Rooting Out the Histories of Plants
During a bout of loneliness on a farm in rural Missouri, Kathryn Nuernberger found companionship in the surrounding vegetation. As a poet, she released a collection of poetry, entitled RUE, which broods with angst and unearths the folk histories of plants. As an assistant professor in the English department and creative writing program, Nuernberger blooms with a personal commitment to writing and to her students.
Growing up in St. Louis, Missouri, Nuernberger developed an intimate relationship with plants by visiting the Missouri Botanical Garden, which was only blocks from her home. The garden boasts a variety of interesting plants and sculptures and showcases the city's history of science. The urban backdrop to her childhood led to a cultivated understanding of the world—a tamed version of nature.
Early in her writing career, Nuernberger drew on advice from the book Triggering Town, by the poet Richard Hugo, who wrote often of rural spaces. “His idea was to have an imagined space that one could visit to inspire a poem, and he called that the triggering town,” Nuernberger explains. Whenever she needed an idea for a poem, she would revisit the landscape of the botanical garden. This charts the trajectory of her writing leading up to RUE, a meditation on the literal and symbolic value of plants.
The Diverse Nature of Nature
After accepting a job at a small university, Nuernberger relocated to a farm in rural Missouri. Unbeknownst to her, the beginnings of RUE started with a simple practice: going out into the wilderness, picking a plant, and then investigating the history of that plant.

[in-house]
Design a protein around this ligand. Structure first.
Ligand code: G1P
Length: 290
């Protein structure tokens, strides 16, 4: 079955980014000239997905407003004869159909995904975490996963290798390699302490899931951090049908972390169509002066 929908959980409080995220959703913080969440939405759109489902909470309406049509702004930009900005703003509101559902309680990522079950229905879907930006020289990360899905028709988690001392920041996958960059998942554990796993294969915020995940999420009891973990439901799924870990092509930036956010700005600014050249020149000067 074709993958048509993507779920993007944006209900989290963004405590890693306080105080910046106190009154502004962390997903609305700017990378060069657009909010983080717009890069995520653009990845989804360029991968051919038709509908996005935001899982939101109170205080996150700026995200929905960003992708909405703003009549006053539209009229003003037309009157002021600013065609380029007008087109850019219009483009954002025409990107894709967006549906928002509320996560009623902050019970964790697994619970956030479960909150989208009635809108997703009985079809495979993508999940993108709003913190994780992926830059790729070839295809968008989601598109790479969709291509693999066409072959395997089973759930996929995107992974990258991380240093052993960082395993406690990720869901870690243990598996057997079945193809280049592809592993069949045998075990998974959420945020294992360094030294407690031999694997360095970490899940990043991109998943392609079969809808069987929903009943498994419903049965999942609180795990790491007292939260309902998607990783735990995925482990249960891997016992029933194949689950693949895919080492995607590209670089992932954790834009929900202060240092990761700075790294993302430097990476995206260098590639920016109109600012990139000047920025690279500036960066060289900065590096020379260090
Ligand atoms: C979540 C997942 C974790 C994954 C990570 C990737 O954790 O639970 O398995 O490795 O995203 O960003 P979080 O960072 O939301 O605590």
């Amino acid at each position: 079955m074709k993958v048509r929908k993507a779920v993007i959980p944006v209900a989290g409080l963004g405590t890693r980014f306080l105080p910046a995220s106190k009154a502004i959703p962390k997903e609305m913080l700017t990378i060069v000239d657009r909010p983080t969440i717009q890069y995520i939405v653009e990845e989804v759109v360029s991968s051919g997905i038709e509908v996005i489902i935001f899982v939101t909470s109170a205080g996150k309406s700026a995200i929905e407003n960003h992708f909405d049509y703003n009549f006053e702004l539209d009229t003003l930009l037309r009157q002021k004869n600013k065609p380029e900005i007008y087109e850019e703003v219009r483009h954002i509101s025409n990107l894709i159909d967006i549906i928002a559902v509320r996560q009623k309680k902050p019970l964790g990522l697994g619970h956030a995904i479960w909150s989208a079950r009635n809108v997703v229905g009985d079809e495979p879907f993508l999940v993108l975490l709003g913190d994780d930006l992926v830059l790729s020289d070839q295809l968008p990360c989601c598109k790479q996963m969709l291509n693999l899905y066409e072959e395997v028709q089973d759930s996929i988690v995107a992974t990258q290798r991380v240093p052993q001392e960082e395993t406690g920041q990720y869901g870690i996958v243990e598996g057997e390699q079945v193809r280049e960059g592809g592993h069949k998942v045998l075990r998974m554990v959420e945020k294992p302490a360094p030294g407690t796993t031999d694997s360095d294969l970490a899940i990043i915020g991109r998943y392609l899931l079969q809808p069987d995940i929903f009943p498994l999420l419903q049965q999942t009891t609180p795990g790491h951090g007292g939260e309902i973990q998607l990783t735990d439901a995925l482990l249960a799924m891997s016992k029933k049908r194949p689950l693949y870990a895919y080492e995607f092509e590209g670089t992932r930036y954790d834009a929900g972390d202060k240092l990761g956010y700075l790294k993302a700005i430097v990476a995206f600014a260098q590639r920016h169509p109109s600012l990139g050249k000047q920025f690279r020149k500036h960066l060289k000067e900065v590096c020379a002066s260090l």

“What I would do every day was pick a flower, or a plant in general, and try to sustainably harvest it. If there was wild honeysuckle growing, I would take all the blossoms and go home to make honeysuckle jelly in the kitchen,” she explains. This captivation with profiling plants led to hours of researching their botanical and folkloric histories, as well as the ecosystems they inhabit. “I wanted to know them historically," she says. "How had scientists encountered and framed them? Could I deconstruct some of that if there were problematic histories, drawing that into the poem to contend with that?”
Her book's titular plant, rue, has historically been used as an herbal form of birth control, as an element of witchcraft, and as a seasoning in food. In fact, rue and all the plants included in the collection have been used at one time or another as contraceptives, which came to light through close examination and research.
In researching and writing about plants, Nuernberger has been able to parse out a parallel between women and plants. “There is this narrative in our culture that, historically, women have existed only to produce children, and I really want to disrupt that by saying [women] exist like plants for so many reasons,” she says. Nuernberger’s work recognizes that women, like plants, exhibit beauty, growth, resilience, and healing power, not just the ability to reproduce.
A Return to the City
Since becoming a professor at the University of Minnesota, Nuernberger has welcomed the tradeoff of the pastoral backdrop for the literary scene. Her little farm in Missouri may have sowed the seeds that became RUE, but today she is excited to be involved with the Twin Cities independent publishing community. “Minnesota, as far as states go, has some pretty generous arts funding, which helps writers who either are from here or come here [to] stay here,” she remarks. The Twin Cities' reputation for being an indie publishing hub continues to draw writers here, elevating the caliber of literary excellence in the Midwest.
It can’t go without mentioning that our University’s own creative writing program is home to a thriving literary community as well. When asked about her role as an advisor to the students of the MFA program, Nuernberger exuberantly states, “I get to focus purely on how I nurture books into being, and all of the students who are in this graduate program are incredibly gifted writers with really unique visions.”
In closing, Nuernberger implores budding authors to develop a regimented writing practice: “Establish rituals around the act of writing. For me, I just have to write a page every day and try to fill it with something good, but I don’t need to be brilliant—I just need to fill the page.”
This story was written by an undergraduate student in Backpack. Meet the team.